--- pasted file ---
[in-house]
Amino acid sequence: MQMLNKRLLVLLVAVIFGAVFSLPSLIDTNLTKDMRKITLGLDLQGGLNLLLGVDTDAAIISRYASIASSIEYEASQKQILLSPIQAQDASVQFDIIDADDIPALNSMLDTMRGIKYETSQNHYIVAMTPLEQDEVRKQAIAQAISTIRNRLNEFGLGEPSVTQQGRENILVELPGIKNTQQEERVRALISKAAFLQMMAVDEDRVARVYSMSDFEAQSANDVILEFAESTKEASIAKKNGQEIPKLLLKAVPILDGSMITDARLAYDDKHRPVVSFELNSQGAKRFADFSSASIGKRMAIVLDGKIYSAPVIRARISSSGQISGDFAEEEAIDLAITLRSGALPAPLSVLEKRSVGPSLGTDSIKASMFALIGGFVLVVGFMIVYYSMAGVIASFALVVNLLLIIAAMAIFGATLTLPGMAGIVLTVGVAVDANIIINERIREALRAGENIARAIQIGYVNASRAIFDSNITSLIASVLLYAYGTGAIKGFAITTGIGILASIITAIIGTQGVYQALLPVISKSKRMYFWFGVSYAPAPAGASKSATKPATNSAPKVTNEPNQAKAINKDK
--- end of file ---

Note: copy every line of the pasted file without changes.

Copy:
[in-house]
Amino acid sequence: MQMLNKRLLVLLVAVIFGAVFSLPSLIDTNLTKDMRKITLGLDLQGGLNLLLGVDTDAAIISRYASIASSIEYEASQKQILLSPIQAQDASVQFDIIDADDIPALNSMLDTMRGIKYETSQNHYIVAMTPLEQDEVRKQAIAQAISTIRNRLNEFGLGEPSVTQQGRENILVELPGIKNTQQEERVRALISKAAFLQMMAVDEDRVARVYSMSDFEAQSANDVILEFAESTKEASIAKKNGQEIPKLLLKAVPILDGSMITDARLAYDDKHRPVVSFELNSQGAKRFADFSSASIGKRMAIVLDGKIYSAPVIRARISSSGQISGDFAEEEAIDLAITLRSGALPAPLSVLEKRSVGPSLGTDSIKASMFALIGGFVLVVGFMIVYYSMAGVIASFALVVNLLLIIAAMAIFGATLTLPGMAGIVLTVGVAVDANIIINERIREALRAGENIARAIQIGYVNASRAIFDSNITSLIASVLLYAYGTGAIKGFAITTGIGILASIITAIIGTQGVYQALLPVISKSKRMYFWFGVSYAPAPAGASKSATKPATNSAPKVTNEPNQAKAINKDK